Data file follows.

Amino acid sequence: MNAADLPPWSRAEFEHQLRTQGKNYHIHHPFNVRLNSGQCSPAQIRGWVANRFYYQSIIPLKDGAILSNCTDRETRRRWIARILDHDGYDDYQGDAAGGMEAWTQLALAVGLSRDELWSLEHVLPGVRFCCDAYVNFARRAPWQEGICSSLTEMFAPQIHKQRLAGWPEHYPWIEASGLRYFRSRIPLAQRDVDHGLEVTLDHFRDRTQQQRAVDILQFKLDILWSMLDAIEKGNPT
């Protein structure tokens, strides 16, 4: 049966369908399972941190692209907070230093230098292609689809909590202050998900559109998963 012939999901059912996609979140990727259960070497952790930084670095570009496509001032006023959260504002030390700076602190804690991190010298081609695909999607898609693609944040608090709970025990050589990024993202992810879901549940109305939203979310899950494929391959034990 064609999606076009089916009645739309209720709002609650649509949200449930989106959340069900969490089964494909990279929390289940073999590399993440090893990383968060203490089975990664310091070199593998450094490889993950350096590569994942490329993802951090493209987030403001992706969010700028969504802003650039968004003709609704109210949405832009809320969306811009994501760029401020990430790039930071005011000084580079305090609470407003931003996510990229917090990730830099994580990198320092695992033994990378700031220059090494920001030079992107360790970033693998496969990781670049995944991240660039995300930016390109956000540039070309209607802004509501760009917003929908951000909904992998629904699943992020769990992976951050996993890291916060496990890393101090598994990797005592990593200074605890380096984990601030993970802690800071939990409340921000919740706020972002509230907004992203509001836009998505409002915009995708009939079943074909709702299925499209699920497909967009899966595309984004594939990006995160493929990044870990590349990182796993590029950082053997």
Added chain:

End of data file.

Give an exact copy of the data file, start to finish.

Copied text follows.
Amino acid sequence: MNAADLPPWSRAEFEHQLRTQGKNYHIHHPFNVRLNSGQCSPAQIRGWVANRFYYQSIIPLKDGAILSNCTDRETRRRWIARILDHDGYDDYQGDAAGGMEAWTQLALAVGLSRDELWSLEHVLPGVRFCCDAYVNFARRAPWQEGICSSLTEMFAPQIHKQRLAGWPEHYPWIEASGLRYFRSRIPLAQRDVDHGLEVTLDHFRDRTQQQRAVDILQFKLDILWSMLDAIEKGNPT
């Protein structure tokens, strides 16, 4: 049966369908399972941190692209907070230093230098292609689809909590202050998900559109998963 012939999901059912996609979140990727259960070497952790930084670095570009496509001032006023959260504002030390700076602190804690991190010298081609695909999607898609693609944040608090709970025990050589990024993202992810879901549940109305939203979310899950494929391959034990 064609999606076009089916009645739309209720709002609650649509949200449930989106959340069900969490089964494909990279929390289940073999590399993440090893990383968060203490089975990664310091070199593998450094490889993950350096590569994942490329993802951090493209987030403001992706969010700028969504802003650039968004003709609704109210949405832009809320969306811009994501760029401020990430790039930071005011000084580079305090609470407003931003996510990229917090990730830099994580990198320092695992033994990378700031220059090494920001030079992107360790970033693998496969990781670049995944991240660039995300930016390109956000540039070309209607802004509501760009917003929908951000909904992998629904699943992020769990992976951050996993890291916060496990890393101090598994990797005592990593200074605890380096984990601030993970802690800071939990409340921000919740706020972002509230907004992203509001836009998505409002915009995708009939079943074909709702299925499209699920497909967009899966595309984004594939990006995160493929990044870990590349990182796993590029950082053997």
Added chain: